Italian in name and by nature, this retro cruiser has a century of heritage behind it. Greg Copp reports.
The great thing about the Italian boatbuilding industry is its discreet magnitude. There seems to be a never-ending range of yards producing high-quality vessels, which often go unnoticed for years, if not decades, by the British boater. Patrone are one of these companies. Launched back in 1922 by Giuseppe Patrone, the company built handcrafted wooden sailing boats before it became a low-volume builder of high-quality powerboats that most of us have never heard of.
Forward deck access is first rate.
To commemorate this centenary, Patrone have launched the aptly named Patrone 100 – a 10m retro-styled ‘gozzo boat’, whose rounded schooner-style stern and tall topsides give this vessel a distinctive signature. It is one of many boats following in the very popular trend of combining traditional style with modern technology – something Italians are very good at. The task of designing this centenary craft fell to Tommaso Spadolini, a man with a substantial superyacht portfolio. His mission was to design a boat that celebrated the iconic Patrones of the 1960s. However, this vessel had to have a modern twist in order to appeal to the generation likely to be buying it. So apart from its distinctive lightweight contemporary T-top, it can be specified with outboard engines, as opposed to its normal complement of two shaft-driven 250hp diesel engines.
The master cabin in the Deluxe version.
Both versions enjoy large heads compartments.
The Deluxe Patrone has a very spacious saloon for a boat this size.
Tommaso realised that the boat had to be as habitable below deck as it was practical on deck. Below, this involved building a 33ft boat that had nearly 6ft 8in of headroom, and importantly a generous master cabin. The Patrone 100 comes in two versions: the Deluxe version and the Family version. The Deluxe has a big master cabin, a large heads and a sizable saloon. The Family boat, on the other hand, has a second cabin for children or guests and so pays the price of losing space in the saloon and heads. Whatever model you choose, you get a lot of below-deck space for a vessel this size. This is down to the boat’s beam and tall topsides, which extend internal headroom to the limits, while enhancing its retro appearance.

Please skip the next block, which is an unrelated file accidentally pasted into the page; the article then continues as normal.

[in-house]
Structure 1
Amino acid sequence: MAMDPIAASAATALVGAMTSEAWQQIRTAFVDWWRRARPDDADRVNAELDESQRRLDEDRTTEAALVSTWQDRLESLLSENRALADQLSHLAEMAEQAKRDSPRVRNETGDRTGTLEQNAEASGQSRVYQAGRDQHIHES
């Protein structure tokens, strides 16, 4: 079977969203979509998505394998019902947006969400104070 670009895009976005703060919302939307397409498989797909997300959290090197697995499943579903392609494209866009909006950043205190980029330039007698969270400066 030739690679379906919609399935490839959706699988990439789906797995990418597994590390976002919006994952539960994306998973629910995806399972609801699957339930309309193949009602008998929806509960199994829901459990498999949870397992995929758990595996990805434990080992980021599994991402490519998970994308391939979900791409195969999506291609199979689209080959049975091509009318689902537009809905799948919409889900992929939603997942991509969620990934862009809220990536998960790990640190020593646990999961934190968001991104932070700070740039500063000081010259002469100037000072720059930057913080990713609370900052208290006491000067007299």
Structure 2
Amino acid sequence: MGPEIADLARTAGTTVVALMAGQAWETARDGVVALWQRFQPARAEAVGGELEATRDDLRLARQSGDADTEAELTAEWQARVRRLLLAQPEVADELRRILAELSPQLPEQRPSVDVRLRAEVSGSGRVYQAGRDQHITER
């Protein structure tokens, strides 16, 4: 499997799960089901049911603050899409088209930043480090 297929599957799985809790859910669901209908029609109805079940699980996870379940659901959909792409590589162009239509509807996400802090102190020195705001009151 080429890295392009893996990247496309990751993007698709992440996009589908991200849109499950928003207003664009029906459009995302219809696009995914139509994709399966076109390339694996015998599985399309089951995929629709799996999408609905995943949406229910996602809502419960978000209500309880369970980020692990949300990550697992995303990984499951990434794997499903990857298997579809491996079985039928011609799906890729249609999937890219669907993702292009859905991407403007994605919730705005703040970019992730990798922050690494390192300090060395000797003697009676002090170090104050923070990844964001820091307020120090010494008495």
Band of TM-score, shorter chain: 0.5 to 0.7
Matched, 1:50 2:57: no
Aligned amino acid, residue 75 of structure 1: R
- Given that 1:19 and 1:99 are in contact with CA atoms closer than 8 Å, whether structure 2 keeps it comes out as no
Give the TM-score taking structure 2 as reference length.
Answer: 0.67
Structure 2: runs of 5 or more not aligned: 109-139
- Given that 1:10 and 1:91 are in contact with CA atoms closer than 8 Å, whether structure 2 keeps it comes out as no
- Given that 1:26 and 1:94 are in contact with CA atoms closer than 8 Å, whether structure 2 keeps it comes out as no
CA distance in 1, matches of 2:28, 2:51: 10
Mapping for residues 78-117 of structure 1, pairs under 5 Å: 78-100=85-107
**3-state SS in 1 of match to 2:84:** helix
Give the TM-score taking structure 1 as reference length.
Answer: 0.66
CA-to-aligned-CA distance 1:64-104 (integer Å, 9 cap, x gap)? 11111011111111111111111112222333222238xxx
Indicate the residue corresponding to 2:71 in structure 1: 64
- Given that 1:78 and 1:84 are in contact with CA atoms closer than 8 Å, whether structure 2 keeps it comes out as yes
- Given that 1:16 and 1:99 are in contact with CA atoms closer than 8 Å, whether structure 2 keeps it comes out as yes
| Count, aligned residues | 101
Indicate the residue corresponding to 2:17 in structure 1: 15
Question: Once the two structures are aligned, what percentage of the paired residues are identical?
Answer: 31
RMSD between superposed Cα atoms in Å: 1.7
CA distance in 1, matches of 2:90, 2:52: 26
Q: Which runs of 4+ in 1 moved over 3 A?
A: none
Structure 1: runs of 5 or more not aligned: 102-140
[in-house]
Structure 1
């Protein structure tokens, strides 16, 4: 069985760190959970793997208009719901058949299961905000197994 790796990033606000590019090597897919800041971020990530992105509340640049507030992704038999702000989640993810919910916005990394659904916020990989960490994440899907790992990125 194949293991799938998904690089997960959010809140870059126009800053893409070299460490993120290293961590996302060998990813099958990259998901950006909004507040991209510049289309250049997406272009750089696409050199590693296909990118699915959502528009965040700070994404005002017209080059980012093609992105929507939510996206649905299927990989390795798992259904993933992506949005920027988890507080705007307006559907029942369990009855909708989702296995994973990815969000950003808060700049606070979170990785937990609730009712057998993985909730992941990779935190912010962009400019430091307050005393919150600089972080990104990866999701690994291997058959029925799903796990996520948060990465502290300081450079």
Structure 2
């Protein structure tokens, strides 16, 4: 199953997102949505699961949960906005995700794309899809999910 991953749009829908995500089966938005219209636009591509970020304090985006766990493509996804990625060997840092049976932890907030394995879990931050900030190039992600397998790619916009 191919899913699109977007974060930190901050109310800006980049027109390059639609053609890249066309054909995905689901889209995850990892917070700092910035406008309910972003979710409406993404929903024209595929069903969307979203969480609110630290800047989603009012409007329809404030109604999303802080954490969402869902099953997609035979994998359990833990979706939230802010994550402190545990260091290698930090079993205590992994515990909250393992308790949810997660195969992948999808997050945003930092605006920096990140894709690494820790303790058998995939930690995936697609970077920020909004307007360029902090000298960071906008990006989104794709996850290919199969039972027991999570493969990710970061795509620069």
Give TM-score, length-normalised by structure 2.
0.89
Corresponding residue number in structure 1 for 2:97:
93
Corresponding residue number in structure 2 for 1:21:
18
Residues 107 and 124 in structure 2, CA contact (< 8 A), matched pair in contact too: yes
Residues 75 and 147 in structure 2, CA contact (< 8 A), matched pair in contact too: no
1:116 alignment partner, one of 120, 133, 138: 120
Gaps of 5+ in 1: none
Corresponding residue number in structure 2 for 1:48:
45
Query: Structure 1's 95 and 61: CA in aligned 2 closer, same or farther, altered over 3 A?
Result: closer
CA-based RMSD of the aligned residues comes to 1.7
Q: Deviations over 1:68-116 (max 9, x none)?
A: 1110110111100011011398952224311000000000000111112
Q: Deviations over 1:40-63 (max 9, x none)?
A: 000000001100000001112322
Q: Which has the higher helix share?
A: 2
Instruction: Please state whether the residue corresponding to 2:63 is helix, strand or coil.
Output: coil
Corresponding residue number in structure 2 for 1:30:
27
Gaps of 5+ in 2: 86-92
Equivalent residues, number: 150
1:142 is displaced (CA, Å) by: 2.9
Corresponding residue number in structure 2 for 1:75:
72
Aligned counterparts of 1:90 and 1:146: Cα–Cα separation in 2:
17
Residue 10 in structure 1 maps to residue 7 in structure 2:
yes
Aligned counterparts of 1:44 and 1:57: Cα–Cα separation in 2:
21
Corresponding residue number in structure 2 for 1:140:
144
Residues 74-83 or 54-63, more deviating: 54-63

The galley lies beneath the helm seating.
Deck space is likewise extensive, notably the large foredeck area, which has a triple sunbed sitting atop the cabin coachroof. All deck space is clad in ‘eco teak’ in accordance with the company’s commitment to sustainability. Catering is courtesy of a grill and sink sitting beneath the folding helm seating, and a fridge that lies under the navigator’s seat. The T-top, with its six glass panels, has been designed to provide a good combination of natural light and weather protection. Dining space is provided by a cockpit table that is surrounded by four bench seats. These seats are mounted on the bulwarks, the transom coaming and the back of the helm seating. Served by twin stern gates, the substantial bathing platform is a key feature of the boat, providing easy boarding access. In the case of the outboard-powered Patrone, we understand that an engine mounting bracket extends from the transom underneath the bathing platform. I can’t help but feel that outboards on this retro boat will look somewhat unusual, and are less likely to appeal to the customer who wants a traditional vessel.
An impressive cockpit for a 10m boat.
The Patrone 100 may be a perfect size for the UK middleweight market; however, to date, this rare bird is still to grace our shores directly, so if you fancy one, you will have to take a flight to northern Italy.
- LOA: 11.0m
- Beam: 3.30m
- Draught: 0.85m
- Displacement: 8.7 tonnes
- Category: B
- Engine options: 2 x 250hp diesel shaft drives or twin outboards (power unknown)
- Fuel capacity: 500L
- Water capacity: 200L